After 1969's Stonewall riots helped propel the LGBT civil rights movement into the public eye, gays and lesbians inherited this subversive but humorous language. Rather than abandon it, a new generation put it on display as a hallmark of a distinct culture. Thus the affirming and often-humorous buttons can be seen as a continuation of an earlier tradition—one that in many ways perpetuated the subversive tendency to rely on puns and double meanings. In fact, the button format itself is an interesting communication tactic. On the one hand, buttons are inherently public displays, placed on jackets and bags to be seen, read, and understood. On the other hand, they rarely are larger than an inch or two, requiring close contact and intimacy in order to be effective. Like the pun or double entendre, they are simultaneously both fully exposed and carefully hidden.

Four buttons. "How dare you presume I'm heterosexual!" "Come out, come out." "I AM R U." "Closets are for clothes."

Thus a button with the letter combination "IMRU" exists as both coded language and an invitation to connect with others who are LGBT-identified. The button "How Dare You Presume I'm Heterosexual," evokes both campy indignation as well as a serious call to reconsider normative assumptions. "Come Out, Come Out," simultaneously references the sing-song cadence of fairy tales as well as serving as a modern-day statement for proudly self-declared "fairies." The use of language could also work in reverse. "Closets are for Clothes" is an attempt to retire a double meaning deemed demeaning and unhealthy—returning the term "closet" to its original purpose.

As the LGBT-rights movement grew in size and prominence during the 1970s and 1980s, the use of queer humor became more overt, graduating from small buttons to T-shirts, signs, and—later still with the advent of online media—readily shared memes, gifs, and photos. One milestone in this chronology came in 1990 when Skyler Hynes printed up some "Nobody Knows I'm Gay" T-shirts for a booth at the annual Los Angeles Gay and Lesbian Festival. In three months, Hynes had sold more than $30,000 worth of shirts, and went on to launch Don't Panic! Designs, which produced iconic T-shirts for LGBT's who came of age (and out) in the 1990s and early 2000s. "2QT2BSTR8" and "I Can't Even Think Straight" evoke the same techniques of wordplay that historians of LGBT history see in earlier eras.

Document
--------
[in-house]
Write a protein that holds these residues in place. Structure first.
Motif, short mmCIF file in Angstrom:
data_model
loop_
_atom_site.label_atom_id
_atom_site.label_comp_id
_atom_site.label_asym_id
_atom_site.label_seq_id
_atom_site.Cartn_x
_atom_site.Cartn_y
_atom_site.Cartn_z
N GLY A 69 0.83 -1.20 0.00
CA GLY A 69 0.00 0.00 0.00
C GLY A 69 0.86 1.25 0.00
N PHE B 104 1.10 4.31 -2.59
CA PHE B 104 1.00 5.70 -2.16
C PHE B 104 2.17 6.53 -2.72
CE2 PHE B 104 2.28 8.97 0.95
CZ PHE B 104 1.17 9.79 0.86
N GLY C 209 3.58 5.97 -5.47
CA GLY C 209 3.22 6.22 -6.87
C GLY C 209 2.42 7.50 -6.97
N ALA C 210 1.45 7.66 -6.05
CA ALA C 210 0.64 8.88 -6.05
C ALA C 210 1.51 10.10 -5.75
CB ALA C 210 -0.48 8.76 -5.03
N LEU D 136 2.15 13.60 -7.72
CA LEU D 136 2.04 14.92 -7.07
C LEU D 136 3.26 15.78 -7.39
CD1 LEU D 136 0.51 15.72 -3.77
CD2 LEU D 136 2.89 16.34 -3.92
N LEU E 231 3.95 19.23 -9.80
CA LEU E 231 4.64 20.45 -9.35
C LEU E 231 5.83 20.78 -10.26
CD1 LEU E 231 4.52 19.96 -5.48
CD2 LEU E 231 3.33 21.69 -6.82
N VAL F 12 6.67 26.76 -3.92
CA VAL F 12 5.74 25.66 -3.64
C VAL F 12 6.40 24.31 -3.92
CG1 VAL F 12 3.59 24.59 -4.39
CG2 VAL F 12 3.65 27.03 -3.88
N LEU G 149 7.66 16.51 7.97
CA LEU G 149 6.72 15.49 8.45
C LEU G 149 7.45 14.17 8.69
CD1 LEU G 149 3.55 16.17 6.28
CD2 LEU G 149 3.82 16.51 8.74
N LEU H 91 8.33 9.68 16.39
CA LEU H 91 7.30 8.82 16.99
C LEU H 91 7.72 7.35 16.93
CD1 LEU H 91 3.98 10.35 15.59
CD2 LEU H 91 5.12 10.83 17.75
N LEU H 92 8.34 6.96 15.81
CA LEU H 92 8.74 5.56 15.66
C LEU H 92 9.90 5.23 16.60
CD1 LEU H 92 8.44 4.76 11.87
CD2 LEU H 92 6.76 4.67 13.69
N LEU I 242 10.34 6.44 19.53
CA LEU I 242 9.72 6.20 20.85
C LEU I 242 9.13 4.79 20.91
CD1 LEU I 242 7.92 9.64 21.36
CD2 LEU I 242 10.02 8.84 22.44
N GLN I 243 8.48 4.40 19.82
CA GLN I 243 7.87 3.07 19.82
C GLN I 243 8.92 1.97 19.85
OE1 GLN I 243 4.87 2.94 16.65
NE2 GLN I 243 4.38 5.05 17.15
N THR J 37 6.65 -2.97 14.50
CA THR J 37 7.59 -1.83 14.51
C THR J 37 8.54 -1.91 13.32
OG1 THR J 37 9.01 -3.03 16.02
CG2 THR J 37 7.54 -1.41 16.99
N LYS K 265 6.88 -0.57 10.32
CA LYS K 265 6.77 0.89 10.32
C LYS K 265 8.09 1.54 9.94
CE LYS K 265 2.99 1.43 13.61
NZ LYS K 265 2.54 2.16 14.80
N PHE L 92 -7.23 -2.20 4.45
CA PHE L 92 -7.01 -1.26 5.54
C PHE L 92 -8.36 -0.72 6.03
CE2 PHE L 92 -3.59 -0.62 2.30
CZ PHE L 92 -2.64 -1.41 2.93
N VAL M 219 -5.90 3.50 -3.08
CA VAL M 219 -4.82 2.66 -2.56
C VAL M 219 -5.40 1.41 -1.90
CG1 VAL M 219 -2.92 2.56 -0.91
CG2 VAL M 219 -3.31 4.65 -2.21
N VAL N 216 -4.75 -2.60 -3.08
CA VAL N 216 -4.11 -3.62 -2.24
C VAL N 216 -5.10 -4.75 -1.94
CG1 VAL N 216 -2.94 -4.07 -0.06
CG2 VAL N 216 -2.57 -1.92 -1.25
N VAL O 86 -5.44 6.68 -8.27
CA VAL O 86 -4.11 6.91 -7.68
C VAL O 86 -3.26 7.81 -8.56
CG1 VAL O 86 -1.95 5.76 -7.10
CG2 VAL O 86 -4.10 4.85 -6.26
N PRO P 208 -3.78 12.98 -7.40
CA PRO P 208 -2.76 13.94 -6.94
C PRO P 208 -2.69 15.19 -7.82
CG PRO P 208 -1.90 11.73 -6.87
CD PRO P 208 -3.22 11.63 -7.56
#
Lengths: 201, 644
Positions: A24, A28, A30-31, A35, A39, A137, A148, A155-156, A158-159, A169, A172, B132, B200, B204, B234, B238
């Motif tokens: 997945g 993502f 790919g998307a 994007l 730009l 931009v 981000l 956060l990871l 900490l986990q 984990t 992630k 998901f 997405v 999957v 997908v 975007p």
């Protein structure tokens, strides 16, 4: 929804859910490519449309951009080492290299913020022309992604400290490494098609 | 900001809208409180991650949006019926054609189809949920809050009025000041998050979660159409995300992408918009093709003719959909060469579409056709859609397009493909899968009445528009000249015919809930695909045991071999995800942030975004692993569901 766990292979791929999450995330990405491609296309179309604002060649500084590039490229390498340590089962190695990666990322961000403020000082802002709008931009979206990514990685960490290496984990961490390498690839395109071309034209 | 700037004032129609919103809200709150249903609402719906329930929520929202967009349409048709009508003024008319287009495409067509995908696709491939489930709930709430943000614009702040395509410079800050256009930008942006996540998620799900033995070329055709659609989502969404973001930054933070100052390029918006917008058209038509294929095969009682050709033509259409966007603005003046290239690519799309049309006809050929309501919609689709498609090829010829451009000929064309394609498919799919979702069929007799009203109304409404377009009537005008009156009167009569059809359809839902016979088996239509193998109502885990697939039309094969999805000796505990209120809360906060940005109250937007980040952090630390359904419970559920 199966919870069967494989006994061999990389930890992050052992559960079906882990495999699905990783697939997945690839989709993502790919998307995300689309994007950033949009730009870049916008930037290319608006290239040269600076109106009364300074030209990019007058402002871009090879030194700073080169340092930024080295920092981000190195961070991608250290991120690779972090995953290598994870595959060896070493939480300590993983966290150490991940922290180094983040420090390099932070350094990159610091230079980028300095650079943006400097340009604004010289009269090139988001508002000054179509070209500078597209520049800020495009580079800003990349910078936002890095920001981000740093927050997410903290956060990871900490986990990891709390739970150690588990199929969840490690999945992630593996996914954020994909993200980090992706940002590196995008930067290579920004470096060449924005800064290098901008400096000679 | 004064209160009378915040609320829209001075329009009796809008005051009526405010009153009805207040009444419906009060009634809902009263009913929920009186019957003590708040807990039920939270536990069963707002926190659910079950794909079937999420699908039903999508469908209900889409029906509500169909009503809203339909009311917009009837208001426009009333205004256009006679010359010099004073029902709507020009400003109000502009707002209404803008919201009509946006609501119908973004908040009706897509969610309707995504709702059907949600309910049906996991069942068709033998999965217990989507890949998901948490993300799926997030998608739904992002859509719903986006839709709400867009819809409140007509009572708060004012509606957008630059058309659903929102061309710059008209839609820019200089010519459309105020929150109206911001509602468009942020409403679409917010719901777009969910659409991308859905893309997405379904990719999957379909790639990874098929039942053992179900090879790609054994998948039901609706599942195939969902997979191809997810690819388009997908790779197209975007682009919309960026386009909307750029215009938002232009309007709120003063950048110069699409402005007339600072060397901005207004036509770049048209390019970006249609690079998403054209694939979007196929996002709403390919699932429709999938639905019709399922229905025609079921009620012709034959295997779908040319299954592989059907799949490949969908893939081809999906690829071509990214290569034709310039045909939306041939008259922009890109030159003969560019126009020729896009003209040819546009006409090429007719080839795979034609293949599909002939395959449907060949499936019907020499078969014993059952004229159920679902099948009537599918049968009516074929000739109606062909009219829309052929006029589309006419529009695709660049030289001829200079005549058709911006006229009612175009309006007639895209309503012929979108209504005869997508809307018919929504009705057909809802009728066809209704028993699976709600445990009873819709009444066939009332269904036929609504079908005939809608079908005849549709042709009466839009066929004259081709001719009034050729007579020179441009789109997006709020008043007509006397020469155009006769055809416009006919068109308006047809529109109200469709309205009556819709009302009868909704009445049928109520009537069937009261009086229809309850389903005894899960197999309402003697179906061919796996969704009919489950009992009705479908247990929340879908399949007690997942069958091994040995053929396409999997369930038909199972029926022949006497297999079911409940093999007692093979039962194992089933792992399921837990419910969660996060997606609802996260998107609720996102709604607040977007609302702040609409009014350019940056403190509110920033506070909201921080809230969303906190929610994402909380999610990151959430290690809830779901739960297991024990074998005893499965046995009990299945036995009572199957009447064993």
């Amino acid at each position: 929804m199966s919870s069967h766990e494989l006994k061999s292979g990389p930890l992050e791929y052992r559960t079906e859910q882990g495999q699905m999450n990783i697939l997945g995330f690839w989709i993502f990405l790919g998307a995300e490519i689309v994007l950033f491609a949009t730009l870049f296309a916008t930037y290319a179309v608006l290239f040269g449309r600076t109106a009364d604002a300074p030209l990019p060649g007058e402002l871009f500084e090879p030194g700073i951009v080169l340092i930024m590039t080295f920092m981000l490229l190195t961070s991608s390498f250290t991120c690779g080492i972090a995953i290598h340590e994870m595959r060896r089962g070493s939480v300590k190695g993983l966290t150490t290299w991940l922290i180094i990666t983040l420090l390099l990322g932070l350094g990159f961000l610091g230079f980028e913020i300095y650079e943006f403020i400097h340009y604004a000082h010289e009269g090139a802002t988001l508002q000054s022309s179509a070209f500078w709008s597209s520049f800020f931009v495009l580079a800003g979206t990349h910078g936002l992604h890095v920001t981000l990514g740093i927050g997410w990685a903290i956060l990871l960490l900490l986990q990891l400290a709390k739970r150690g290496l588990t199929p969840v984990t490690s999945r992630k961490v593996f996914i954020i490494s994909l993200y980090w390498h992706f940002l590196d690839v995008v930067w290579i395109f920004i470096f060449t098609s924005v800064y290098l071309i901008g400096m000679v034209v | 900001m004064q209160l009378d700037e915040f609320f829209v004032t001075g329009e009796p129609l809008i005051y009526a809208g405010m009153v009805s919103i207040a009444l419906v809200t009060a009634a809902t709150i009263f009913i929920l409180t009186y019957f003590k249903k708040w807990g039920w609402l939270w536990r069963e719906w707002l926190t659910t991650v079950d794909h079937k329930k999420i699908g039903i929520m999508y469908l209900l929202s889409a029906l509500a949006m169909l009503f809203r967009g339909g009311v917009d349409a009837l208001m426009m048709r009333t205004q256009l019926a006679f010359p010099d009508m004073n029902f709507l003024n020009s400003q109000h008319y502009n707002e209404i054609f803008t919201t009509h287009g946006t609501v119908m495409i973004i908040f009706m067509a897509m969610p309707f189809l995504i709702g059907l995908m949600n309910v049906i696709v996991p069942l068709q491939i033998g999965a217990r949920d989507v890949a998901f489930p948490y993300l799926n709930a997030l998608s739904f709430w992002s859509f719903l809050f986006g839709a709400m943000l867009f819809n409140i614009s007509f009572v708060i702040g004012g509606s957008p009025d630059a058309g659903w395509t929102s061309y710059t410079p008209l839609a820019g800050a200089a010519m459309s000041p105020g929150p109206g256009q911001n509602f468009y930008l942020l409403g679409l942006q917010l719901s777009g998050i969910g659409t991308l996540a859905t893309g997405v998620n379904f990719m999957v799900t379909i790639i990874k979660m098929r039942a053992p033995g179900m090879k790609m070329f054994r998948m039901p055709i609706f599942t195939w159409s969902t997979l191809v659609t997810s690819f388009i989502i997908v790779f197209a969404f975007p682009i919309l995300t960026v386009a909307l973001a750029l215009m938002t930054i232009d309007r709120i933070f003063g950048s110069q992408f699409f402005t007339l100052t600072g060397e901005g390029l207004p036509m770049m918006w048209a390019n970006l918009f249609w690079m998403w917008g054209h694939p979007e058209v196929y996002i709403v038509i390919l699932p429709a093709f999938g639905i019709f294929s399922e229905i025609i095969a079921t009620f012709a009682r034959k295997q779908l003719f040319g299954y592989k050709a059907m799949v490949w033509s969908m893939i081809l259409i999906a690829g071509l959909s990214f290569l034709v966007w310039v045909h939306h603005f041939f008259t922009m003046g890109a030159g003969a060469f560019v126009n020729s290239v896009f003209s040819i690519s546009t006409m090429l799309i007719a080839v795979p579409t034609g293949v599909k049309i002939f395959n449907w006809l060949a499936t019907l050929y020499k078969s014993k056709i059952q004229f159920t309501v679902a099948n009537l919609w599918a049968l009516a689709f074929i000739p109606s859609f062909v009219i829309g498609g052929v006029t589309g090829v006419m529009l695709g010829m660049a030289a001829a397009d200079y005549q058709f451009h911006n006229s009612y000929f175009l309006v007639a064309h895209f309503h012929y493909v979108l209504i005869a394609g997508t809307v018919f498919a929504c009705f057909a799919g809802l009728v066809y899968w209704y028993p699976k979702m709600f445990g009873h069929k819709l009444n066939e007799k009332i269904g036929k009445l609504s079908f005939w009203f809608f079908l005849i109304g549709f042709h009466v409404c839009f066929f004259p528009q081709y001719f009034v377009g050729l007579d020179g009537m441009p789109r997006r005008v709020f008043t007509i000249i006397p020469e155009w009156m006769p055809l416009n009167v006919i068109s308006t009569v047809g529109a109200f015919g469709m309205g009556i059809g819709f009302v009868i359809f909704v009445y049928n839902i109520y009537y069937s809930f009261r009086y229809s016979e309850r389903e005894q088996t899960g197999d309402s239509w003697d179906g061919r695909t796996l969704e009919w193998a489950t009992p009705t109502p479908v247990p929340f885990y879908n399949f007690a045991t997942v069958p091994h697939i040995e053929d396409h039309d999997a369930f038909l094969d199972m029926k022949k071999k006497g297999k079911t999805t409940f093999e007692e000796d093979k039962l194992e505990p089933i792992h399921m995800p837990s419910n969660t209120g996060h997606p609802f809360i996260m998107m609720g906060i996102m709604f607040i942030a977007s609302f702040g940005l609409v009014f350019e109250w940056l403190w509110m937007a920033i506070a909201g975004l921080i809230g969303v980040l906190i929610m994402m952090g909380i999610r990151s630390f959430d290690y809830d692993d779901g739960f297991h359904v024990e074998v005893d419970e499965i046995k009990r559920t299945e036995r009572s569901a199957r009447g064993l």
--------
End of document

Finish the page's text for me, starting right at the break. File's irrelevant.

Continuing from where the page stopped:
While connected to their historical antecedents, the marketplace's assortment of consumer goods including T-shirts, buttons, coffee mugs, and refrigerator magnets ultimately helped alter the course of LGBT history moving forward. Though tempting to dismiss as campy or kitschy today, objects like these also were part of moving queer language and puns (and thus gays and lesbians themselves) into the mainstream. As the question of marriage equality recently advanced to the Supreme Court's ultimate affirmation, the new venue of online memes continued the tradition of relying on humor.